• Alter the process by which school districts verify eligibility for a sample of children who have been approved for free or reduced-price school meals.  Improvements to the verification process are needed, but the proposal in the reauthorization bill the Senate Agriculture Committee approved takes a better approach.  The Rokita bill would result in more administrative burden on schools, likely for little gain in improving verification systems.  The bill also would put more vulnerable families at risk of losing free or reduced-price school meals for their eligible children.
  • Represent a setback to WIC, one of the government’s most cost-effective programs.  For decades, WIC has used competitive bidding to substantially reduce the cost of infant formula and some other foods for infants.[4]  Competitive bidding is quintessential good government that harnesses the free market to deliver services at the most economical cost.  The Rokita bill, however, would require each state that wishes to use competitive bidding for infant foods other than infant formula to submit reports on the impact that competitive bidding would have on factors such as retail prices and product availability for non-WIC customers.  Such analyses appear to be beyond the capacity of many state WIC programs.  Producing them would likely require many state WIC programs to undertake or contract for academic-style economic analyses that could be costly.  Yet state WIC programs generally have tight administrative budgets.

These requirements appear to have been included in the bill as a result of lobbying by a major baby food company that opposes competitive bidding for baby foods (Gerber), which is a subsidiary of a multinational corporation based overseas (Nestlé).  In addition to being burdensome for states, the proposed requirements might make some state WIC programs susceptible to litigation by baby food manufacturers on the grounds that the reports the states submitted didn’t contain all of the mandated data and analysis (since, as noted, the data and analysis could be beyond the capacity of some state WIC programs to produce).  The resulting burdens and risks could have a chilling effect on the use of competitive bidding by state WIC programs to secure the best prices for baby foods (other than infant formula).  If so, that could have adverse consequences:  if WIC costs were higher as a result of less use of competitive bidding, either WIC would serve somewhat fewer children in need or taxpayers would have to pay somewhat more to serve the same number of children.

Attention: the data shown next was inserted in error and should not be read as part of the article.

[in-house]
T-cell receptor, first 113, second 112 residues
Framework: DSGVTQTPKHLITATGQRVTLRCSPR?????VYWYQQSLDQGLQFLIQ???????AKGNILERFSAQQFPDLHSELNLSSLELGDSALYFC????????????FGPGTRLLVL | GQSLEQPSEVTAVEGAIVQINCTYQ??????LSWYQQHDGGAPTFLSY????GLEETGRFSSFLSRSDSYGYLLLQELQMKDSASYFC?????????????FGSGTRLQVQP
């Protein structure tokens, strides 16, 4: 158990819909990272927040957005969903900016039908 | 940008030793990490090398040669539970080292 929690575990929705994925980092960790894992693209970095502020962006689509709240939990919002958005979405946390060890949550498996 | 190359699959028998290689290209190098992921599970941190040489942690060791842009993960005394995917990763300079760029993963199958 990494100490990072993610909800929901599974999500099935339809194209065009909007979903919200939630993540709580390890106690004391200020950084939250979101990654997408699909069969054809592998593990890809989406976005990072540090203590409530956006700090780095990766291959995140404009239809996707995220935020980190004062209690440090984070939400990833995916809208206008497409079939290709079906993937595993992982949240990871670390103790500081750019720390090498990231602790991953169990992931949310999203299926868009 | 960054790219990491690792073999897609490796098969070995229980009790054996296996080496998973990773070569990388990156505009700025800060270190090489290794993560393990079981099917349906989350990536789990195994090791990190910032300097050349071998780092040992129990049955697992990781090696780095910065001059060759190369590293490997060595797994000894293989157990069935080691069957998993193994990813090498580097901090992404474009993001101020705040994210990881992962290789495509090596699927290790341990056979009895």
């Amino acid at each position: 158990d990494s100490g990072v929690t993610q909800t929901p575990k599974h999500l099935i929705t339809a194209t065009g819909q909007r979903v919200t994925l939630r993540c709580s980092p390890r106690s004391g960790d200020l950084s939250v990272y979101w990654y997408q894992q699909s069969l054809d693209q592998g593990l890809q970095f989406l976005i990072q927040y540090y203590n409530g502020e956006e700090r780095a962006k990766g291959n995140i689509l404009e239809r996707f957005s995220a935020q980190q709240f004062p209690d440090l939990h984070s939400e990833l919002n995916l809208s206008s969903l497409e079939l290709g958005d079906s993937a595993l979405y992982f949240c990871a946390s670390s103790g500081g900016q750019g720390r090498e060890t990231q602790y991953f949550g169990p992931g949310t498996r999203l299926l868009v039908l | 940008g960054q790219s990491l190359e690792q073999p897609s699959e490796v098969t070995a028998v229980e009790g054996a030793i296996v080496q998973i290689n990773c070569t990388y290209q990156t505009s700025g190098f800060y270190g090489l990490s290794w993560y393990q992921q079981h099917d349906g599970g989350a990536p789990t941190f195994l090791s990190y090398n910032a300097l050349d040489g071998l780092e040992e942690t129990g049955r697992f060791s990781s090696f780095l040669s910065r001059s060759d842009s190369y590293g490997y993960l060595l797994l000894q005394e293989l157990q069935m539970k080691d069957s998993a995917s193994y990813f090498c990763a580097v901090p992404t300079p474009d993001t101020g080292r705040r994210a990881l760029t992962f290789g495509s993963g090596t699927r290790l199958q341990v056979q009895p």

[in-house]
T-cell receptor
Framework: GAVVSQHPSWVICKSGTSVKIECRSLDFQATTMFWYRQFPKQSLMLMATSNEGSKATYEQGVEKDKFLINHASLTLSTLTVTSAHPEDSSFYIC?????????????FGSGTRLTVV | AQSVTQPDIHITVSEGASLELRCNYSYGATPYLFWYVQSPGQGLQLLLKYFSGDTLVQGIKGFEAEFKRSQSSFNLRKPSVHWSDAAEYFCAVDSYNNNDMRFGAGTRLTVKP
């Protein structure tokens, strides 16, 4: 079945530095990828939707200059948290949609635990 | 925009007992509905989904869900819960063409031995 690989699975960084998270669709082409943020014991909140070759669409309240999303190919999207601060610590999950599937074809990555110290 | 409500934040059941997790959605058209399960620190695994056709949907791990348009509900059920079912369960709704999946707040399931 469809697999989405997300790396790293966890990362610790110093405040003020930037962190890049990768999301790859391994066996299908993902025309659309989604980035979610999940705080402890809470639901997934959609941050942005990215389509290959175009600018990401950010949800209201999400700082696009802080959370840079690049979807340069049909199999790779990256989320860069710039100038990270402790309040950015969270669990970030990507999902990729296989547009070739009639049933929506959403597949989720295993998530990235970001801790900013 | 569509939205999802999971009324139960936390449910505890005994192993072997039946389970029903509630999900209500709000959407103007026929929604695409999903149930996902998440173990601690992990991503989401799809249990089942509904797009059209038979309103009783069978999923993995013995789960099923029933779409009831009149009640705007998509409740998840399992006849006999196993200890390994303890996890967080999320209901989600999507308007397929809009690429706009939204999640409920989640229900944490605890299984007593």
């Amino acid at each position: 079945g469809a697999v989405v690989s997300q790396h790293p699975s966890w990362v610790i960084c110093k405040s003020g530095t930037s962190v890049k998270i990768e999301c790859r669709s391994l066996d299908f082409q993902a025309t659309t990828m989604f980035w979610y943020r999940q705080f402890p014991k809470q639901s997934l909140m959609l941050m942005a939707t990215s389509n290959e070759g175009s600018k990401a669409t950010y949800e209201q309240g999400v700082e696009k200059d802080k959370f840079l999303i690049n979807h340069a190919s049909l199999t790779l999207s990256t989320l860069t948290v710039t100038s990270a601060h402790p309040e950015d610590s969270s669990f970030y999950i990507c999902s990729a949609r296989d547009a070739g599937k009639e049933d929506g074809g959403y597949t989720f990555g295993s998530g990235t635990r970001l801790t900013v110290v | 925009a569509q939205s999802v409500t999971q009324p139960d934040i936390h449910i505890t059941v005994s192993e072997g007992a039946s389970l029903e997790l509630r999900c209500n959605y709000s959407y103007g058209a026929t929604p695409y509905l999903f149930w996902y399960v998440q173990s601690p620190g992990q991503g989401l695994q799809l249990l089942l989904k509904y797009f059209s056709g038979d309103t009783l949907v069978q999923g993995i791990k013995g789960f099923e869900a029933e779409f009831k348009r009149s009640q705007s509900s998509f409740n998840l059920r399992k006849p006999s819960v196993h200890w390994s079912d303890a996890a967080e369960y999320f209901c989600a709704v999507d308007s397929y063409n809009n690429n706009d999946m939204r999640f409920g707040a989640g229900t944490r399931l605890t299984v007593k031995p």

Reauthorization provides an opportunity for Congress to review and strengthen the child nutrition programs, but this bill sadly represents a step backward. 

End Notes

[1]http://www.agriculture.senate.gov/imo/media/doc/WEI16005.pdf

[2]http://edworkforce.house.gov/uploadedfiles/ans_h.r._5003.pdf

[3] Zoë Neuberger, “House Bill Restricting Free School Meals Option Could Increase Food Insecurity in High-Poverty Neighborhoods,” Center on Budget and Policy Priorities, updated April 21, 2016, http://www.cbpp.org/research/food-assistance/house-bill-restricting-free-school-meals-option-could-increase-food.

[4] Robert Greenstein and Zoë Neuberger, “WIC’s Competitive Bidding Process for Infant Formula Is Highly Cost-Effective,” Center on Budget and Policy Priorities, updated September 14, 2015, http://www.cbpp.org/research/food-assistance/wics-competitive-bidding-process-for-infant-formula-is-highly-cost